Lastly, we have no particular plan aside from doing the work of God. Rumors may abound. It is perhaps natural, given our past history, to assume that there is some hidden strategy that is being covertly put forward. Such is not the case. Although many options may be discussed in various committees and among individuals and small groups, we remember that we are synodical churches; any final decisions on important matters must come before the councils of the church for ratification. But it is in the discussions, as well as within the small and large groups and committees of our churches, that we will most certainly discern the voice of God. He will speak to the unification of His church and lead us to the way and manner of that unification. But until full reconciliation is finally achieved, we must seek only to greet each other in love, working to heal the church and seeking to do no harm to any of God’s people. We must embrace each other as faithful Christians and committed Anglicans. And we must always pray to God to teach us the way. Because we can never find our way without the certain guidance of Our Lord.

Your Brothers in Christ,

The Most Rev. Walter Grundorf

The Most Rev. Brian Marsh

 

Bible Archaeology

Gaza’s Ancient Ruins Threatened By Rapid Spread Of Urban Sprawl

In the Huffington Post:

The ruins of this ancient complex sit on dunes by the sea, a world away from Gaza City’s noise and bustle. Up in the sky, birds compete for space with children’s kites flying from a nearby farm.

St. Hilarion’s monastery, a reminder of the time in late antiquity when Christianity was the dominant faith in what is now the Gaza Strip, is one of many archaeological treasures scattered across this coastal territory.

But Gaza is one of the most crowded places on earth, and the rapid spread of its urban sprawl is endangering sites spanning 4,500 years, from Bronze Age ramparts to colorful Byzantine mosaics, experts say.

Archaeologists, short of funds and unable to find sufficient trained local staff, say they are scrambling to find and protect the monuments. Some are left open to the weather. Others are engulfed by new development projects.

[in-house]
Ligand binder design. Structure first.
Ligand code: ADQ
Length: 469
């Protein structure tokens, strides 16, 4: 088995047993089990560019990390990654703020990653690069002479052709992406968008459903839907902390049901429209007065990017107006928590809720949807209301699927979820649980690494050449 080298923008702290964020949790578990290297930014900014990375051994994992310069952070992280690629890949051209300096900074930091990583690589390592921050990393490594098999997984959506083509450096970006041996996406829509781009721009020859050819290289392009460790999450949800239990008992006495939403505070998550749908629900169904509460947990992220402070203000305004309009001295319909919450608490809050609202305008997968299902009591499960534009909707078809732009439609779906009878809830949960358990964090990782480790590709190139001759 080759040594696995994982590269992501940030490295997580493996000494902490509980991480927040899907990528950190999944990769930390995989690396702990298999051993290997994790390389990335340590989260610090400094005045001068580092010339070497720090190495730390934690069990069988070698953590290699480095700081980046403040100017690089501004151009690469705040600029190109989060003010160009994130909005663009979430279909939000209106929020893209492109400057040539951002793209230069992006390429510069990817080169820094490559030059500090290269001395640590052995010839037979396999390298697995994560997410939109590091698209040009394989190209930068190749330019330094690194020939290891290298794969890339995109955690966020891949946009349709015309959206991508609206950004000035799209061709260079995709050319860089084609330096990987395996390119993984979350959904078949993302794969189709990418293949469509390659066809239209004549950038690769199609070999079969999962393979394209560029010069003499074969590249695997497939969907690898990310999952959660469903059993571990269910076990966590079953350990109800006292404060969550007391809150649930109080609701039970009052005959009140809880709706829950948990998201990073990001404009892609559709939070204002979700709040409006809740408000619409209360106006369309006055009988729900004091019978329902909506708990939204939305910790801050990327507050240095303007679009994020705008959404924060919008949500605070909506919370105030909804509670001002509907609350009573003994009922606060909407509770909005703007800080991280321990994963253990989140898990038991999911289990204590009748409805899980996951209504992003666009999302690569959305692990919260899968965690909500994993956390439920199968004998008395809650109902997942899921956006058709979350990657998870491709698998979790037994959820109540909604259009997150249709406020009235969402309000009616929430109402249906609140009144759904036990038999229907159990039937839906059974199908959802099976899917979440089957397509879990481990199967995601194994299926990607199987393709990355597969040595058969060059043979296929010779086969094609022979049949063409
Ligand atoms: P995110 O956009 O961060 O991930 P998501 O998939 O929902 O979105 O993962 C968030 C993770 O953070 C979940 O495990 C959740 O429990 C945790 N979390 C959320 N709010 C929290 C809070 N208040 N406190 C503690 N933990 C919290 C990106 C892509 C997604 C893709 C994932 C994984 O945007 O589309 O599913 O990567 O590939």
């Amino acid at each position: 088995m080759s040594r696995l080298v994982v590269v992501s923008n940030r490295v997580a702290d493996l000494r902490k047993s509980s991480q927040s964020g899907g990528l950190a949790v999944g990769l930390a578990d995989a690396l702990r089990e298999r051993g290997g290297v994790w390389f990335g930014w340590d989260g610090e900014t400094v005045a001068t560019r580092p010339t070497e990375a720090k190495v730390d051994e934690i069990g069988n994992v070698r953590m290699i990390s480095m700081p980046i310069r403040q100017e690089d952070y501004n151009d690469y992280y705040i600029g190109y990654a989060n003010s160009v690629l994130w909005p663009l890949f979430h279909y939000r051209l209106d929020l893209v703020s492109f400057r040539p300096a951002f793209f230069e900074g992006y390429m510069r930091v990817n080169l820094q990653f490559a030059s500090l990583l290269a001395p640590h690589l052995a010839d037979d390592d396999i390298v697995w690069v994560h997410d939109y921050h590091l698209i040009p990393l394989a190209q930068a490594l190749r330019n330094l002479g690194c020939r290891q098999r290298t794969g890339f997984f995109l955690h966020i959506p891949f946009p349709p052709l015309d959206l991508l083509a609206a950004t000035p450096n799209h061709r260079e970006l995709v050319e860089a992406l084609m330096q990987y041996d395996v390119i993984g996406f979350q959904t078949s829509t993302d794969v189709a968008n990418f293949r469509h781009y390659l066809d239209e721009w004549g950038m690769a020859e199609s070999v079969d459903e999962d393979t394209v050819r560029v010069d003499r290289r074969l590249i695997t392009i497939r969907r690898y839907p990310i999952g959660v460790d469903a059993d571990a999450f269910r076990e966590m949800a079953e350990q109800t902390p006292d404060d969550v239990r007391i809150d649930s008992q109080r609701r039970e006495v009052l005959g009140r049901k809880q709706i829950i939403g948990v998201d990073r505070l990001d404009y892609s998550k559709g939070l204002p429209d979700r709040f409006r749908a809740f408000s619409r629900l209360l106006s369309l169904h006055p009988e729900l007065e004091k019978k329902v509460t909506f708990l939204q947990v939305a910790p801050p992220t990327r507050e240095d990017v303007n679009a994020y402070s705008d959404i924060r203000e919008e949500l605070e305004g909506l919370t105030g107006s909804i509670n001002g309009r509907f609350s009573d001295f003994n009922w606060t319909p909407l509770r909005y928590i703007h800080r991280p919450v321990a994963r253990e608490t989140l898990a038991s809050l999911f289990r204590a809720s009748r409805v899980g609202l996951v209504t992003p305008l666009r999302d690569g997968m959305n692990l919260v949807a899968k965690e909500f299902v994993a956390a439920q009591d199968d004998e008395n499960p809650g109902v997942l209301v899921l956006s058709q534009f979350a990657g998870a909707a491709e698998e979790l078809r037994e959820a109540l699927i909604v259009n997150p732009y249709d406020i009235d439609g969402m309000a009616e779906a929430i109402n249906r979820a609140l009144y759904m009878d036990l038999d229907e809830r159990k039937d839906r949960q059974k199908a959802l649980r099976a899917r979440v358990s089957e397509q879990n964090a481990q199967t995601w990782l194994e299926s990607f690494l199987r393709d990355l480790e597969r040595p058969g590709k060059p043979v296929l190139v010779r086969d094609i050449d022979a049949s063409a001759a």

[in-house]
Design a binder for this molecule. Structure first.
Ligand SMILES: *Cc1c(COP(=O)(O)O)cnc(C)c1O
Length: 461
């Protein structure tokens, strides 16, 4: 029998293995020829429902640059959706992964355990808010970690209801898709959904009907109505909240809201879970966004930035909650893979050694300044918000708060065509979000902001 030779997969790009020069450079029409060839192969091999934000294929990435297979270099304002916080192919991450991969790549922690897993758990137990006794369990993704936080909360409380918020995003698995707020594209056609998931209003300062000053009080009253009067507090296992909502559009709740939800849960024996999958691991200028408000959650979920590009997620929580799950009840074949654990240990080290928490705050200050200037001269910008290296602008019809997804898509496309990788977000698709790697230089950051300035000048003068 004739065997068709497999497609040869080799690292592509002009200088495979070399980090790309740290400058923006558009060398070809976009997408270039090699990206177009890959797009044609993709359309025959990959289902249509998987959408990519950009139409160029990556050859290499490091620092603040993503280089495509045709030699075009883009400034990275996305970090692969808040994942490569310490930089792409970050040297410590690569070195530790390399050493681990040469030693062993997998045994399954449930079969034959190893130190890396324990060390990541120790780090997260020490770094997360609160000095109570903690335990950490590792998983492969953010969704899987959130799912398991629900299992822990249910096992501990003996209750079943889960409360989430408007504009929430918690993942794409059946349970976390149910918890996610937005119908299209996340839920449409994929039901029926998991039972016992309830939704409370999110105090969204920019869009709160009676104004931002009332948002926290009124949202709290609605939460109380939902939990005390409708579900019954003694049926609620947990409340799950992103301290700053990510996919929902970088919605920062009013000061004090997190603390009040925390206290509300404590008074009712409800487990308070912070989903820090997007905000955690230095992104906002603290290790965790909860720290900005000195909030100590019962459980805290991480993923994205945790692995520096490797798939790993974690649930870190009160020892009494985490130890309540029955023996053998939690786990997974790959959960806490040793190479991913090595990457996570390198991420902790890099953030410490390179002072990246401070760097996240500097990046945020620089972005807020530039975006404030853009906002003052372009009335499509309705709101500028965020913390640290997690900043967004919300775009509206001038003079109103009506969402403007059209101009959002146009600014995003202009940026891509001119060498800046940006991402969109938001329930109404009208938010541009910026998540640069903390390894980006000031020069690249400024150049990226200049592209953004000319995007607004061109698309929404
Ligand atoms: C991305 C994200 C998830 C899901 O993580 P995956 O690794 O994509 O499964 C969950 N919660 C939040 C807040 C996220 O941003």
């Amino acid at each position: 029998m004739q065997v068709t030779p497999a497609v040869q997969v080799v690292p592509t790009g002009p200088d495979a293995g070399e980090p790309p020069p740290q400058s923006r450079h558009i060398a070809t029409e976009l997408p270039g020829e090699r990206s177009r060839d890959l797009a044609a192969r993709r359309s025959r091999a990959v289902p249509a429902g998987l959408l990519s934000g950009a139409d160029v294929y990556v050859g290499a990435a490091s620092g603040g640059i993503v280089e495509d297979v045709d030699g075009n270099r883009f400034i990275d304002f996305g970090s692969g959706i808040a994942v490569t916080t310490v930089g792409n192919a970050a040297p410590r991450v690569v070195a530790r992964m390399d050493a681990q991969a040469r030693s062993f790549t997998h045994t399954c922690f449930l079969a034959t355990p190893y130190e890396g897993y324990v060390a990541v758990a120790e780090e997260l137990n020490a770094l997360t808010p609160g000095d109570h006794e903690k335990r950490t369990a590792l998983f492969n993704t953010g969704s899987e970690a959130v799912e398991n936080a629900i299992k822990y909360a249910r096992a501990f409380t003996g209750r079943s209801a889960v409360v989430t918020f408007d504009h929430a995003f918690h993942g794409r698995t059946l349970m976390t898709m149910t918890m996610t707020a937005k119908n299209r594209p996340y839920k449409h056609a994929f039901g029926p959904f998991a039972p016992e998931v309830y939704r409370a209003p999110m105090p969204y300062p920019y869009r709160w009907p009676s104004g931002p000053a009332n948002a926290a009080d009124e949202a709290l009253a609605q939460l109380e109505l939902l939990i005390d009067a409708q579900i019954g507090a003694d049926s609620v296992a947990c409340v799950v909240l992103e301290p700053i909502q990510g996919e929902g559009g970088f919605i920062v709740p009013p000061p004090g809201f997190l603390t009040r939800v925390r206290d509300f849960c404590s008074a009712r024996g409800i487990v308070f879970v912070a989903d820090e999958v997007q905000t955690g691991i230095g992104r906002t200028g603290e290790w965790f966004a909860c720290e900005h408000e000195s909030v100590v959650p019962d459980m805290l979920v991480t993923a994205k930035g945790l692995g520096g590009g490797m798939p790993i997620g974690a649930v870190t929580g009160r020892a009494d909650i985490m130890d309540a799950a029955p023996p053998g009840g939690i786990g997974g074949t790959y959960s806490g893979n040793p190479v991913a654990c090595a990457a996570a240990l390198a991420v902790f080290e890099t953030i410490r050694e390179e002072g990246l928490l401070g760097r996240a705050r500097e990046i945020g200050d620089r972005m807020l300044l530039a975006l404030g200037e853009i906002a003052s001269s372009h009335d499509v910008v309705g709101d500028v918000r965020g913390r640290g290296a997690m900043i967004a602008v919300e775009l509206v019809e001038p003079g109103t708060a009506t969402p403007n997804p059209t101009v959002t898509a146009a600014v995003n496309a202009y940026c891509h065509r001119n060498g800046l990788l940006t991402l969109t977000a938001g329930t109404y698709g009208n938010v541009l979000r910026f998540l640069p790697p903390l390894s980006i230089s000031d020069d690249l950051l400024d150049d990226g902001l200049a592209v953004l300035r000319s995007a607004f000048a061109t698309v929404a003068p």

“Archaeology in Gaza is everywhere,” says French archaeologist Jean-Baptiste Humbert, who excavated in the territory from 1995 to 2005. He says it was once a “very rich oasis, with gardens, cities and you have settlements, dwellings, fortresses, cities everywhere, everywhere.”

The strip of land on the Mediterranean, sandwiched by Israel and Egypt, is now largely isolated, but once was a thriving crossroads between Africa, the Levant and Asia.

Today, about 1.7 million Palestinians are squeezed into about 360 square kilometers (140 square miles), an area roughly twice the size of Washington, D.C.

The need for housing is in Gaza greater than that for preserving ancient artifacts, said Humbert, who is affiliated with the Ecole Biblique, a French academic institution in Jerusalem…

Rest here.

 

Bible Archaeology

Evidence of 3,000-Year-Old Cinnamon Trade Found in Israel

Live Science:

How far would you go to get your cinnamon fix? If you lived in the Levant 3,000 years ago (a region that includes modern day Israel), very far indeed new research indicates.

Researchers analyzing the contents of 27 flasks from five archaeological sites in Israel that date back around 3,000 years have found that 10 of the flasks contain cinnamaldehyde, the compound that gives cinnamon its flavor, indicating that the spice was stored in these flasks.

At this time cinnamon was found in the Far East with the closest places to Israel being southern India and Sri Lanka located at least 3,000 miles (nearly 5,000 kilometers) away. A form of it was also found in the interior of Africa, but does not match the material found in these flasks.

This discovery “raises the intriguing possibility that long-range spice trade from the Far East westward may have taken place some 3,000 years ago,” researchers write in a paper to be published in the journal Mediterranean Archaeology andArchaeometry. Although cinnamon can be purchased today at any grocery or bulk food store, 3,000 years ago, people in the Levant would have needed to take part in trade that extended beyond the edge of the known world in order to acquire it, something this discovery suggests they were willing to do.

This trade may go back ever further into antiquity and involve other goods and parts of the Middle East. The researchers note, for example, that black pepper from India has been found in the mummy of Ramesses II, a pharaoh of Egypt who lived more than 3,200 years ago…

Rest here.